sixteen-miles


Grave of the Fireflies (1988)
May 26, 2015, 10:03 am
Filed under: film review | Tags: , , , , , ,

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Grave of the Fireflies (1988)
Directed by: Isao Takahata
IMDB: http://www.imdb.com/title/tt0095327/
★★★★★

It is rare to find a film that hurts the heart in as direct a manner as Grave of the Fireflies. There are films that bait emotion. And then there are films that provoke genuine heartbreak. Grave is the latter. It is heartbreaking. I think it is the saddest film I have ever seen. And it is a true story.

Grave of the Fireflies is an animated film that tells the story of two young children. It takes place in Japan at the end of the second world war. After losing their mother to a bombing raid, the two children move in with their Aunt. They stay for a while, but the Aunt fills them with guilt and makes them feel a burden. She sells off the belongings of the children’s mother for rice, but keeps most of it for herself. She berates the children for not contributing to the war effort and begrudges feeding them. So they leave, becoming homeless and living in a hillside bomb shelter.

But there is no illusion of hope for the children. The film opens with the death of the oldest child, Seita. Before the opening credits roll, we see his spirit reunited with his younger sister. We know how it ends before it even starts. Yet the film takes it’s time to wrap around to this ending. It is lingering on moments of true beauty between these two children. And in these slow lingering shots we watch them succumb to hunger and malnutrition.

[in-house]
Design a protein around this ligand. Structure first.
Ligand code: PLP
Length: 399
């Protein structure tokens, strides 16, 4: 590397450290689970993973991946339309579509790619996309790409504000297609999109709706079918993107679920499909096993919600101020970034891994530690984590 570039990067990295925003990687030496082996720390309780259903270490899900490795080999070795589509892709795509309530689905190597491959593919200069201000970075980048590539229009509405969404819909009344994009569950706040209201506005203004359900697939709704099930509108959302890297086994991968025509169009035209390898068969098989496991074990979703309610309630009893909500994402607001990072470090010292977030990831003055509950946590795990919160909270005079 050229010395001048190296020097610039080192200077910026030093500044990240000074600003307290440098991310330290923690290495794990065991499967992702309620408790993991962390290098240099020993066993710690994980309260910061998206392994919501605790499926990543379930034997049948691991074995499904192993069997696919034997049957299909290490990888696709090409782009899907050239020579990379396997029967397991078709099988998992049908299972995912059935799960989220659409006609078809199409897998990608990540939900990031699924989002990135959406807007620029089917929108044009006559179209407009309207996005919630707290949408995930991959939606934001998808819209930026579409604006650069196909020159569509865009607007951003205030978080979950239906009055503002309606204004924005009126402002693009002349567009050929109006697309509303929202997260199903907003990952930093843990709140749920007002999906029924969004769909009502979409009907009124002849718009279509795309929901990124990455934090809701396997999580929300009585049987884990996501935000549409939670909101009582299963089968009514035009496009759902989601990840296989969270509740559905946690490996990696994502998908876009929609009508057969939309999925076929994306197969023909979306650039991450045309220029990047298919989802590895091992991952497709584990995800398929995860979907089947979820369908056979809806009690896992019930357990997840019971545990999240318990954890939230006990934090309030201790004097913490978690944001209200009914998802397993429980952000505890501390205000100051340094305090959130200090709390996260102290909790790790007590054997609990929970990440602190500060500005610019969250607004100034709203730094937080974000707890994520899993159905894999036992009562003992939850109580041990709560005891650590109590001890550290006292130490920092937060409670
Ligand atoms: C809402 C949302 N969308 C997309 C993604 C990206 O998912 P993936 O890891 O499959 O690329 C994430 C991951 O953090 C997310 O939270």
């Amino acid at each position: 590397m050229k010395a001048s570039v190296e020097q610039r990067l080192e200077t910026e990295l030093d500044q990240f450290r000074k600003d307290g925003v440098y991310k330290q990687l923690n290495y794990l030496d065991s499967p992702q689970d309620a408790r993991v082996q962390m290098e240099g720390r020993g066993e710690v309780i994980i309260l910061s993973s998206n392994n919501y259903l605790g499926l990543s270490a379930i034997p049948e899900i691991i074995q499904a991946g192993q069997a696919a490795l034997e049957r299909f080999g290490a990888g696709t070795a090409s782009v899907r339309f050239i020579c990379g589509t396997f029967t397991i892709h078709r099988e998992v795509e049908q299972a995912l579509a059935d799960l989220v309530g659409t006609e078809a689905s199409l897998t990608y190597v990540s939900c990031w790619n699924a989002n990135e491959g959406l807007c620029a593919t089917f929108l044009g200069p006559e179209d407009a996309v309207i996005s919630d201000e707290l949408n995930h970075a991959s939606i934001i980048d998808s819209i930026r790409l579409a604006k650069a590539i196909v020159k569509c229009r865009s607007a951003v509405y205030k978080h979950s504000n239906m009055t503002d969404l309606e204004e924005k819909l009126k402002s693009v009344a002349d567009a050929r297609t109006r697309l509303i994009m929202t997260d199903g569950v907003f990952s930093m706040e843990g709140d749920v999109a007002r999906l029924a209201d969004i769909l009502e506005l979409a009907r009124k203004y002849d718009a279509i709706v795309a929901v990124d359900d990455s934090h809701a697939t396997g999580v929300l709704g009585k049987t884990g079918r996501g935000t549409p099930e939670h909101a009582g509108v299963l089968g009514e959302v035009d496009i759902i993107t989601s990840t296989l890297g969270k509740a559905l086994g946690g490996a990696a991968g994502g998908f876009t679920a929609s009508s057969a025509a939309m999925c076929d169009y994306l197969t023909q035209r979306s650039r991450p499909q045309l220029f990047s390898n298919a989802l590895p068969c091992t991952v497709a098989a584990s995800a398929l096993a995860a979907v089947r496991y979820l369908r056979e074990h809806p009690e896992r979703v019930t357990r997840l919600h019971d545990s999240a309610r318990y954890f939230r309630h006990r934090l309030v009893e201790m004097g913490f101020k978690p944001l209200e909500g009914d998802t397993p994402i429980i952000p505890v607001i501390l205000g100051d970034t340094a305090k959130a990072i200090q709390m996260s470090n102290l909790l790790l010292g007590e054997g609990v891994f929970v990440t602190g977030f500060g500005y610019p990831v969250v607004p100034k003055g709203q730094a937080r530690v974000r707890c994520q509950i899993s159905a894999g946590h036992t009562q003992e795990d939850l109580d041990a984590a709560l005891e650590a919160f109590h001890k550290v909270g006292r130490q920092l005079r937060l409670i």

There is a beautiful scene where the children collect fireflies and use them to light the cave where they sleep. The next morning Seita finds his sister burying the dead flies. “Why must fireflies die so young?” she asks. We ask the same question.

The most painful of all is the feeling that all the while, this tragedy could be prevented. If the people who surrounded the two children were a little more caring, maybe they would have lived. But it becomes about pride and about self preservation. For Seita, he could never return to his Aunt. An apology to her might have saved them. But pride prevented it. Seita tried to carve out a personal heaven in the hillside cave, but it became a tomb instead.

That being said. You can’t begrudge a child their naiveté. But you can begrudge every adult who showed no care for them. To the world, these children are nuisances, thieves, burdens. Even those who show slight compassion do nothing to help. Their inaction condemns these children to death.

Grave of the Fireflies is a war film. But it is not a film about war. It’s not about politics. It’s not even about soldiers or the military. It is about the impact that war has on innocent people. It is a beautiful, painful, emotional masterpiece.